Interjet’s Sukhoi Superjet 100 fleet supervisor is among pilots who praise the performance of the Russian-built regional jet, as the Mexican low-cost carrier continues to emphasise the high operational reliability of the aircraft.
“The good thing about this aircraft is that it’s built by the Russians,” says the fleet supervisor Diego Hernandez prior to boarding SSJ-operated flight 3863 from Mexico City to Mazatlan on 17 November. “It flies like a fighter. It’s very responsive.”
He flew the Airbus A320 for seven years prior to training on the Superjet, and the Boeing 727 before that.
In a media briefing the day before, the carrier said that its fleet of three SSJs – the third (registration XA-JLV) entered service on 17 November – have logged more than 800 flight hours since commercial flights began in September.
Jose Luis Garza, chief executive of Interjet, told Airline Business on 15 November that its first two Superjets have achieved a 99.02% technical dispatch reliability.
Technical hitches with several Aeroflot aircraft, including gear retraction and slat deployment issues, resulted in the Russian carrier swapping out its first 10 SSJs in exchange for updated versions with configuration and avionics changes from May.
Hernandez says that the SSJ is burning between 1,800kg (3,968lb) to 1,900kg per hour in cruise.
Interjet pilot Eduardo Camilo, who joined Hernandez in the cockpit of flight 3863, describes the aircraft’s handling as “very stable” and says that it responds quickly to inputs to the fly-by-wire controls.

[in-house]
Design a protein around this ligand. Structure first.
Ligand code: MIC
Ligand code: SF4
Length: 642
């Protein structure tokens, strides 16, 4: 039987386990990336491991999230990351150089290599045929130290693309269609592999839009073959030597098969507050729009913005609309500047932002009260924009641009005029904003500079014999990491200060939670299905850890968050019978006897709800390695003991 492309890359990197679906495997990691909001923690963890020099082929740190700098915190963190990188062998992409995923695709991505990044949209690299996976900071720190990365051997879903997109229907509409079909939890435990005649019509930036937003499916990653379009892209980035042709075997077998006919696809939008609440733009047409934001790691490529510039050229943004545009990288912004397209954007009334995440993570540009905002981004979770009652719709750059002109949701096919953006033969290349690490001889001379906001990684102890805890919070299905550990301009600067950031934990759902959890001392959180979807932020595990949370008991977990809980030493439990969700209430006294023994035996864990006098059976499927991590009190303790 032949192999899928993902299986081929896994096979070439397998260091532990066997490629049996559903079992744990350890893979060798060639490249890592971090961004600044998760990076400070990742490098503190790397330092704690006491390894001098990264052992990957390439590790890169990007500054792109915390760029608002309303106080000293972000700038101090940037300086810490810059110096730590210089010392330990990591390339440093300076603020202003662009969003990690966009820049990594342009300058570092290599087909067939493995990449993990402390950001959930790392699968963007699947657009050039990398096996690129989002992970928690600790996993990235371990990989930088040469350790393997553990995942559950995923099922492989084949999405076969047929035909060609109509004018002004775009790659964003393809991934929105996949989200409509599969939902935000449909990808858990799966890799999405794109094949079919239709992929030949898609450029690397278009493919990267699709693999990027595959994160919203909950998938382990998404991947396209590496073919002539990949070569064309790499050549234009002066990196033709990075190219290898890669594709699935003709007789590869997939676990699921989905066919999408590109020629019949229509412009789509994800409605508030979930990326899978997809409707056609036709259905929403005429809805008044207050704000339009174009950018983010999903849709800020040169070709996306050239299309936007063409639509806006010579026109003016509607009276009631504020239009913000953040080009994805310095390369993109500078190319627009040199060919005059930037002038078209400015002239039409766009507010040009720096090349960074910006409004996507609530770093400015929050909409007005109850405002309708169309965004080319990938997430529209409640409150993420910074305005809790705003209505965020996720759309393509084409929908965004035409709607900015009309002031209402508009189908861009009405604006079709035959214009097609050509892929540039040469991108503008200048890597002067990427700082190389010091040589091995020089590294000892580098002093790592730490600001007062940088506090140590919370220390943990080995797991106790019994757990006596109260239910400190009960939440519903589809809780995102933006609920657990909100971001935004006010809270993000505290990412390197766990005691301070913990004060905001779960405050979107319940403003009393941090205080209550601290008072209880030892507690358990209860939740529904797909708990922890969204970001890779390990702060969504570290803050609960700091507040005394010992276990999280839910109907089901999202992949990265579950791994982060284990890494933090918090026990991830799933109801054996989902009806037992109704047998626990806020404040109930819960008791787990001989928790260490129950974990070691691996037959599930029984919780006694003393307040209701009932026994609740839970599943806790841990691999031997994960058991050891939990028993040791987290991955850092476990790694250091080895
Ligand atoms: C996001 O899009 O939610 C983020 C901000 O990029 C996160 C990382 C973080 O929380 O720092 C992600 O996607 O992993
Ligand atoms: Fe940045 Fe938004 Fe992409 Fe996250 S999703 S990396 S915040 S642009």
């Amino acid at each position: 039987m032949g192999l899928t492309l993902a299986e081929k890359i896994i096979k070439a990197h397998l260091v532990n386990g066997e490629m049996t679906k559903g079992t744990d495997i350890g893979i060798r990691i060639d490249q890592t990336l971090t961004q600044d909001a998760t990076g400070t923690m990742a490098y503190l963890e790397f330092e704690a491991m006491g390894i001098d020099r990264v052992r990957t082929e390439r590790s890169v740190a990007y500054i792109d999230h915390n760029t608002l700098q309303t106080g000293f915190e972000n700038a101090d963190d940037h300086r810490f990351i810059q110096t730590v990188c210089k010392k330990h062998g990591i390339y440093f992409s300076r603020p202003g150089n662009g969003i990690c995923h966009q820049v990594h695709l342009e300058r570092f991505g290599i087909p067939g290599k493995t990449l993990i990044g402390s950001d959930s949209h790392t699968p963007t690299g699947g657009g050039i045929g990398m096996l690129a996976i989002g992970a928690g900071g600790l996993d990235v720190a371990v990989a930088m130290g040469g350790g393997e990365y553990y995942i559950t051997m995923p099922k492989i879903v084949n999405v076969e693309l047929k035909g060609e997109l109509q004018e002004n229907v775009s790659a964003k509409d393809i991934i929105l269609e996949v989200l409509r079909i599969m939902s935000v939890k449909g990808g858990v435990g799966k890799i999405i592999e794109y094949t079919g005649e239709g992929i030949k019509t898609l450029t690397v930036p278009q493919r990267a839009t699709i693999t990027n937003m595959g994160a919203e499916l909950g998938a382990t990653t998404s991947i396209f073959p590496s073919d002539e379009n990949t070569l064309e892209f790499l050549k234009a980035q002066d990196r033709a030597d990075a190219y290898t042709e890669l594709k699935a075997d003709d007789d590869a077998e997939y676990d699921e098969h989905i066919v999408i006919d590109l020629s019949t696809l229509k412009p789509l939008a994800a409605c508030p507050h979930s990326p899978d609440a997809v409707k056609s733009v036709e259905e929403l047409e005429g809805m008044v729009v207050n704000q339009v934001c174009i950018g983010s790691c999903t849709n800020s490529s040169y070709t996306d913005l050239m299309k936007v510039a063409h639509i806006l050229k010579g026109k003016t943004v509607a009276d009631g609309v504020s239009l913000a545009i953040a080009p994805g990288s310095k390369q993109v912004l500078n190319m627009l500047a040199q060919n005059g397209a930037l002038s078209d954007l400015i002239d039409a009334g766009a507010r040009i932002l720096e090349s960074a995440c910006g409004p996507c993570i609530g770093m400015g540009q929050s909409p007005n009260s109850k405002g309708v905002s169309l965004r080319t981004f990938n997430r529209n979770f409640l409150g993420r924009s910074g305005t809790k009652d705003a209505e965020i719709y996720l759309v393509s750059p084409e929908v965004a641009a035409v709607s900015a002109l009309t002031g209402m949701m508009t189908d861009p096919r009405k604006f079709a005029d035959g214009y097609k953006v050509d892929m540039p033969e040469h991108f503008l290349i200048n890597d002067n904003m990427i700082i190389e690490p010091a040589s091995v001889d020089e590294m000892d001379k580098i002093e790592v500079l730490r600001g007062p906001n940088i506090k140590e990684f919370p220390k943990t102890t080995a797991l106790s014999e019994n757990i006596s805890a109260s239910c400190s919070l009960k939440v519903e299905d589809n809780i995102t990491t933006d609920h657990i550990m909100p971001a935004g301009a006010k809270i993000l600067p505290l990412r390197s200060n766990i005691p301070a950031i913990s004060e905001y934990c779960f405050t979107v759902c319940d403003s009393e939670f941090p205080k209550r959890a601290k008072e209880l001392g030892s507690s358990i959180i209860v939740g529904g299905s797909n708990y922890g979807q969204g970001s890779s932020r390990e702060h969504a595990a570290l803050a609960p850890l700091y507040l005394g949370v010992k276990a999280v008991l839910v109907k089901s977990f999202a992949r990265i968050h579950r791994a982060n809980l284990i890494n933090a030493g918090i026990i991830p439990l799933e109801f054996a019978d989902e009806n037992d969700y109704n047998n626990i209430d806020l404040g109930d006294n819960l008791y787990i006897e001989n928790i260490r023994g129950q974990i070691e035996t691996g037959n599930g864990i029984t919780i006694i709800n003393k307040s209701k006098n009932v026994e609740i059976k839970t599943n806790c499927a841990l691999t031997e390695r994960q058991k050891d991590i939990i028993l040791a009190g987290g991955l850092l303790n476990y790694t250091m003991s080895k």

“It has very good technology for the type of airplane,” he says when asked to compare flying the Superjet to his 16-years at the controls of A320s. Camilo adds that it is not easy to compare the regional jet to the larger narrowbody.
“The Airbus is a lady and this is a gentleman,” says Hernandez of the SSJ.
Interjet anticipates taking delivery of two more SSJs this year, 11 in 2014 and four in 2015 for a total of 20. It has options for 10 more aircraft.
The airline plans to use them on regional, “mid-density” routes, in the words of Garza, within Mexico and to the USA from its hubs at Guadalajara, Mexico City and Monterrey.
Maintenance for the fleet will be concentrated at Mexico City Benito Juarez International airport, while maintenance for its A320s will continue at Toluca International.
Flight 3863 took off smoothly from Mexico City’s runway 05L at 14:15 local time, with its two PowerJet SaM146 engines settling into a low, steady hum for the duration of the short flight. The aircraft (XA-IJR) landed in Mazatlan at 14:31 local time.